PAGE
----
Have you ever wondered what’s actually going on when you find yourself thinking about something? You hear a voice inside your head often, or picture something happening, but how precisely is your brain generating that voice? And how is it understanding what the voice is saying?
A lot of people take for granted the fact that they can understand their native language but of course this is a much more impressive and complicated feat that’s going on inside the brain than it might appear. You were not born being able to understand English and as such, your brain must be ‘translating’ the words into some purer form of meaning. This is how a computer works – interpreting inputs and programming language into machine code.
What is the machine code of the brain?
The old explanation was that the brain would understand words literally by going through a translation process. Specifically, it was believed that the brain would translate words from English into a kind of ‘base language’ that was often referred to as ‘mentalese’.
More recent research has challenged this view though and put forward a much more interesting idea…
According to a theory called ‘embodied cognition’, the brain does not inherently understand language but instead uses the body to interpret what is being said. More specifically, it uses the body’s interactions with the world and previous experience to understand the nature of language.
To better understand this, we can recall a study in which patients were subjected to brain scans while they were being spoken to. In this study, it was found that telling the patients a story would cause their brains to light up just as though they were actually living that story themselves.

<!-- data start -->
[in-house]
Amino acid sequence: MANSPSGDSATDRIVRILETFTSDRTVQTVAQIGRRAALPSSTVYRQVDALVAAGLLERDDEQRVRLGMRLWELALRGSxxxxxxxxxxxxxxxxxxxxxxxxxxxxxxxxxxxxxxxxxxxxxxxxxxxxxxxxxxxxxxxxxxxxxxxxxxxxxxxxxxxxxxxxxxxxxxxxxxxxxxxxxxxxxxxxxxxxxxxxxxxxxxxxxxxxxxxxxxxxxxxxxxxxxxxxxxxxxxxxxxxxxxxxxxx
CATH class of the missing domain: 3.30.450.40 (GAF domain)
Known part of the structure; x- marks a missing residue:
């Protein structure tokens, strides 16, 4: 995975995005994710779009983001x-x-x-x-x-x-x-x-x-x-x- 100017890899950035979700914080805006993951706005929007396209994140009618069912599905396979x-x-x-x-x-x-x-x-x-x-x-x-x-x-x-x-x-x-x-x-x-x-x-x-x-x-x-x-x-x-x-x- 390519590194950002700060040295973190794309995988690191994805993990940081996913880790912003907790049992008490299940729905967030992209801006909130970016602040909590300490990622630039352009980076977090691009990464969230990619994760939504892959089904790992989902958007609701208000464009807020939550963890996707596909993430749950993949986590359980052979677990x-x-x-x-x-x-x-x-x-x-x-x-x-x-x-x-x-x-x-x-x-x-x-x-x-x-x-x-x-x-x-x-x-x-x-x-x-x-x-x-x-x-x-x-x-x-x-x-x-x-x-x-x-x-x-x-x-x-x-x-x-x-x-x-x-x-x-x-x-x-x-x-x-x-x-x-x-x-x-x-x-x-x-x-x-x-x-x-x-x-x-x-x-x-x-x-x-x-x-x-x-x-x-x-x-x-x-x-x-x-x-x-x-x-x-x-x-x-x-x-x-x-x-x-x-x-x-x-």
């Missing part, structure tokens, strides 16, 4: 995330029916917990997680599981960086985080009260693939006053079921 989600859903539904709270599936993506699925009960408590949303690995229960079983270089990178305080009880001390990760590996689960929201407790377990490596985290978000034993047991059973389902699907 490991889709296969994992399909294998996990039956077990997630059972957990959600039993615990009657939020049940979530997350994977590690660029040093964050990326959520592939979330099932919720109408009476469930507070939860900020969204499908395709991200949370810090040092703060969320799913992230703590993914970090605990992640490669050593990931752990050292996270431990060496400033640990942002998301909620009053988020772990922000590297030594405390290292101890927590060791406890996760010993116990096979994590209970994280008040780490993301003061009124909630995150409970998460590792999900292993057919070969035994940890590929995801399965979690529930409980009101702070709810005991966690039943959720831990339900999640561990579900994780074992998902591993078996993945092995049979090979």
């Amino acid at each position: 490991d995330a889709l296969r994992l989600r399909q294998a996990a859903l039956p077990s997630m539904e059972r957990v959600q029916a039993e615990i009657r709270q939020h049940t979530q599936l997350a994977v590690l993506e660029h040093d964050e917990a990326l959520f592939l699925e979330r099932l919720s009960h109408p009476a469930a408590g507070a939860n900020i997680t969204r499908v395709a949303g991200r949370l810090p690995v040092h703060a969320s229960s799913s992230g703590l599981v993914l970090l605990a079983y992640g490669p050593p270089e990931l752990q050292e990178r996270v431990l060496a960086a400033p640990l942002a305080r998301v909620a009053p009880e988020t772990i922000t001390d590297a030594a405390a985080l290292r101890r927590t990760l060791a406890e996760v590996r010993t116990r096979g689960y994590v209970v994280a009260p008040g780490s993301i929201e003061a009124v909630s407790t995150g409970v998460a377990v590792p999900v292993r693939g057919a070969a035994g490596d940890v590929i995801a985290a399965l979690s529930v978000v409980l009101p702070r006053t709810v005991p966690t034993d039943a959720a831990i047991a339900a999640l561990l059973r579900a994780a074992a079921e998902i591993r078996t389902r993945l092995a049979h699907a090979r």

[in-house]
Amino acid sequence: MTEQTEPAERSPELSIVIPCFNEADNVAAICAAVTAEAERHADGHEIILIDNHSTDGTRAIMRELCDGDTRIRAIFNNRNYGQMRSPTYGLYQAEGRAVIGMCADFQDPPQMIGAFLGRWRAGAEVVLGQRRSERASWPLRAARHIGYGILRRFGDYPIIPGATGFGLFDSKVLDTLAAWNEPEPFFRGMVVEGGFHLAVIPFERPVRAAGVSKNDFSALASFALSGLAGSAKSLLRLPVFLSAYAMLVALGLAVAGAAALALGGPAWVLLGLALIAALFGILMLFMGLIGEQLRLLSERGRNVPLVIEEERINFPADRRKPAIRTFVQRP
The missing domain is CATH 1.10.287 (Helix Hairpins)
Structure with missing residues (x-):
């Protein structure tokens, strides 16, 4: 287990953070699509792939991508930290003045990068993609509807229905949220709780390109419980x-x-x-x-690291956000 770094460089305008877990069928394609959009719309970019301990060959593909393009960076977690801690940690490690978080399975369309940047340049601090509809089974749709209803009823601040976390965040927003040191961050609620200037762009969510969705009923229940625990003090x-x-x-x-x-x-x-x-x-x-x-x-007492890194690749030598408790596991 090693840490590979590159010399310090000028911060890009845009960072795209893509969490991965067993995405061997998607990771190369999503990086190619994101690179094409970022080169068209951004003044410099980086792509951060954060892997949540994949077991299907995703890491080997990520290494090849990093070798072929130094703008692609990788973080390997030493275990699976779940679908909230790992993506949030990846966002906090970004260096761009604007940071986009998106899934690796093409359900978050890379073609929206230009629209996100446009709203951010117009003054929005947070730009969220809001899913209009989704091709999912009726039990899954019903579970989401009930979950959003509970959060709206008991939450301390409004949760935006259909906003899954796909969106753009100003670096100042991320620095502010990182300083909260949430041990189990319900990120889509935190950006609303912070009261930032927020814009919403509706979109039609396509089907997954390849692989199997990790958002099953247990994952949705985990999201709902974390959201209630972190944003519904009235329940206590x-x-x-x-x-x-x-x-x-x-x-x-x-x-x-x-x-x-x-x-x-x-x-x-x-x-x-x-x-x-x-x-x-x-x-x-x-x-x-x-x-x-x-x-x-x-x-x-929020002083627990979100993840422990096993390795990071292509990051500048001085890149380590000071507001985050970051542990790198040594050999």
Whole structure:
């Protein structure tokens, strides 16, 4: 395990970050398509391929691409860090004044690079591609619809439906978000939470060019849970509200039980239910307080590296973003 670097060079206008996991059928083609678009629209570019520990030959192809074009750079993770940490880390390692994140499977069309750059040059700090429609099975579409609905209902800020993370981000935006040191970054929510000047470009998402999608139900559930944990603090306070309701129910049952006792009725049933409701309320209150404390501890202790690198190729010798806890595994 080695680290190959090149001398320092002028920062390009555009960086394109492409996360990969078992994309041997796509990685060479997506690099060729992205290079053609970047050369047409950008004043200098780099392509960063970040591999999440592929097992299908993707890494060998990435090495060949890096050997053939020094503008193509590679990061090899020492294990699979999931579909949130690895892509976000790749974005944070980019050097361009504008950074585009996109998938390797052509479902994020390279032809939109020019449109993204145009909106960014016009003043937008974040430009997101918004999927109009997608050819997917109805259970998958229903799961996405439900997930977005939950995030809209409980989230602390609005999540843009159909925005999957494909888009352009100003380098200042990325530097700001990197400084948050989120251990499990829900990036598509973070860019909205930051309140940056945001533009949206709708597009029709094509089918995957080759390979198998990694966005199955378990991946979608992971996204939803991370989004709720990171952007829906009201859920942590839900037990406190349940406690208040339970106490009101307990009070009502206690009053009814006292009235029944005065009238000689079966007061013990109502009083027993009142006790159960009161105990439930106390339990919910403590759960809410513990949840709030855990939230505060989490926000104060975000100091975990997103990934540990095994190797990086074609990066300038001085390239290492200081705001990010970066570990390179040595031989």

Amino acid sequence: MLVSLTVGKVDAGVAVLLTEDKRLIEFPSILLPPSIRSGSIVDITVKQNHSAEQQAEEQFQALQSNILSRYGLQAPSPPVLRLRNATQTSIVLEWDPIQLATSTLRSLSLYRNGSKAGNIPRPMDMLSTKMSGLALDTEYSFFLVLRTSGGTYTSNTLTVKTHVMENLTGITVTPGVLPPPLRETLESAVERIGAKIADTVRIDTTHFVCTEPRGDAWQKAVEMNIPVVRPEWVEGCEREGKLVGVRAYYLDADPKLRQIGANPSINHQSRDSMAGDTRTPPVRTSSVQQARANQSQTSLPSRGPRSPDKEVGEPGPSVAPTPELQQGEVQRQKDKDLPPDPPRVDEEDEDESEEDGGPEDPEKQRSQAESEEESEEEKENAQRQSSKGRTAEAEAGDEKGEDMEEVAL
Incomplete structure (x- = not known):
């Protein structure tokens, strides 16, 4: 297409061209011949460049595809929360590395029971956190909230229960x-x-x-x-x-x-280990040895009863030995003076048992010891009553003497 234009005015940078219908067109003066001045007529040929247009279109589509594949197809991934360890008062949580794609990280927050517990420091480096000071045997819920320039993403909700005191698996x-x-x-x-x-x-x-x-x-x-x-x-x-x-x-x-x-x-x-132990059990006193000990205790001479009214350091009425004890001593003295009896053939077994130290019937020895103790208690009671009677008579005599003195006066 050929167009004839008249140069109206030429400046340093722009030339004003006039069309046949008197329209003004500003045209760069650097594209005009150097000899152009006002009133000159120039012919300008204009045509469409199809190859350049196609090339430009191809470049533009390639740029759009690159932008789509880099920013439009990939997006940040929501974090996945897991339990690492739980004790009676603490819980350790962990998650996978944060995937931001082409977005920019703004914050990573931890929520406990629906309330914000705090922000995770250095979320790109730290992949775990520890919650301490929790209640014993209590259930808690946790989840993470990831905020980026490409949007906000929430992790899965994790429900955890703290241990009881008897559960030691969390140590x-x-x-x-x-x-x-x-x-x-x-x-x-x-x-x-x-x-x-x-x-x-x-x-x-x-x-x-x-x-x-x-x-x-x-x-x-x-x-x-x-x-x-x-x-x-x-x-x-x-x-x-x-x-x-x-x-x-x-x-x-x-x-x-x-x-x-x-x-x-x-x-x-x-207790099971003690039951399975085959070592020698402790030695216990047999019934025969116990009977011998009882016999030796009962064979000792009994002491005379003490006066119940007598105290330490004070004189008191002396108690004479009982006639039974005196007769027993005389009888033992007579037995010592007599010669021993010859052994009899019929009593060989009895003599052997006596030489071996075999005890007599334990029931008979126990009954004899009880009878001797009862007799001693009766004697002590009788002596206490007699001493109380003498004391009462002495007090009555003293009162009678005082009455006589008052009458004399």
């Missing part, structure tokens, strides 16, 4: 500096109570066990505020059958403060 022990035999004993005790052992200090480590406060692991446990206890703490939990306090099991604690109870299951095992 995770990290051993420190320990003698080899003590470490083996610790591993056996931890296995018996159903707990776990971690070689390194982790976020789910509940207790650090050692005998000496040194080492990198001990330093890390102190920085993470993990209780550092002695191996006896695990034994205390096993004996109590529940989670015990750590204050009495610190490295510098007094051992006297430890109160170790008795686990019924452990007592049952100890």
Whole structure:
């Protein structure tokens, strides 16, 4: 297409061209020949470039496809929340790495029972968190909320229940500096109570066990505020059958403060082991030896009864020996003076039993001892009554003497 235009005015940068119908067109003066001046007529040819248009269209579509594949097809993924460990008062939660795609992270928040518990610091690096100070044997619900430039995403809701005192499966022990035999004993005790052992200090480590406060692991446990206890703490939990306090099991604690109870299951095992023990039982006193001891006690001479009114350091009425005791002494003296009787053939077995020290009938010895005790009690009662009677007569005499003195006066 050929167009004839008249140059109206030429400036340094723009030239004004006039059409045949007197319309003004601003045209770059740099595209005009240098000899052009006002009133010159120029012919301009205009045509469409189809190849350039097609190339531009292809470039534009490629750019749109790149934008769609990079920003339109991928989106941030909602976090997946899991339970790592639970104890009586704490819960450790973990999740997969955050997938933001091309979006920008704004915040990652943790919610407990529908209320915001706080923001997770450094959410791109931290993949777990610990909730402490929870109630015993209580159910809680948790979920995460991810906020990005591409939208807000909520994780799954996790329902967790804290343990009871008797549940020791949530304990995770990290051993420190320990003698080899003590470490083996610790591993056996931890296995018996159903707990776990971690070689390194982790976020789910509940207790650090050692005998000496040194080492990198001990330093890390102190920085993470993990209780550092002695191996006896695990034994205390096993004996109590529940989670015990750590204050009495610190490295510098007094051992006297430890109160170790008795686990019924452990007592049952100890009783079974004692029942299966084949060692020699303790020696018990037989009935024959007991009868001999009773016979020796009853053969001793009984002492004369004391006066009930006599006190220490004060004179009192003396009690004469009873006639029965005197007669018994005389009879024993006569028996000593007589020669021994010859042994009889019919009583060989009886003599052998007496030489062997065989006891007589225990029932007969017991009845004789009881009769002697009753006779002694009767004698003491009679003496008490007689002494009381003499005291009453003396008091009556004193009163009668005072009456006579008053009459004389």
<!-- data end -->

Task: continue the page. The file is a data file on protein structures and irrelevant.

In other words, if you were to tell someone about the time you walked through the snow, then their brains would light up as though they were walking through snow. This would include areas of the motor cortex associated with the actual motion of walking and areas that are regulated by temperature and skin sensations.
In other words, you only understand the content of what you’re being told because you’re using your body to visualize that thing happening!
This can then explain a lot about the way our body responds during a given activity. For instance, it explains why we might suddenly feel scared when reading a scary story, or why we might feel hungry when being told about a delicious meal – our physiological response is the same as though it were happening to us!
There are many implications for this but perhaps one of the areas where it has the most impact is in regards to AI. AI is a kind of ‘disembodied cognition’ and if this theory is to be believed, then there is at least a chance that this kind of thought is a contradiction. Perhaps an AI would need a body in order to be able to think!
And of course this also shows us the importance of engaging with infants and helping them to explore their environments.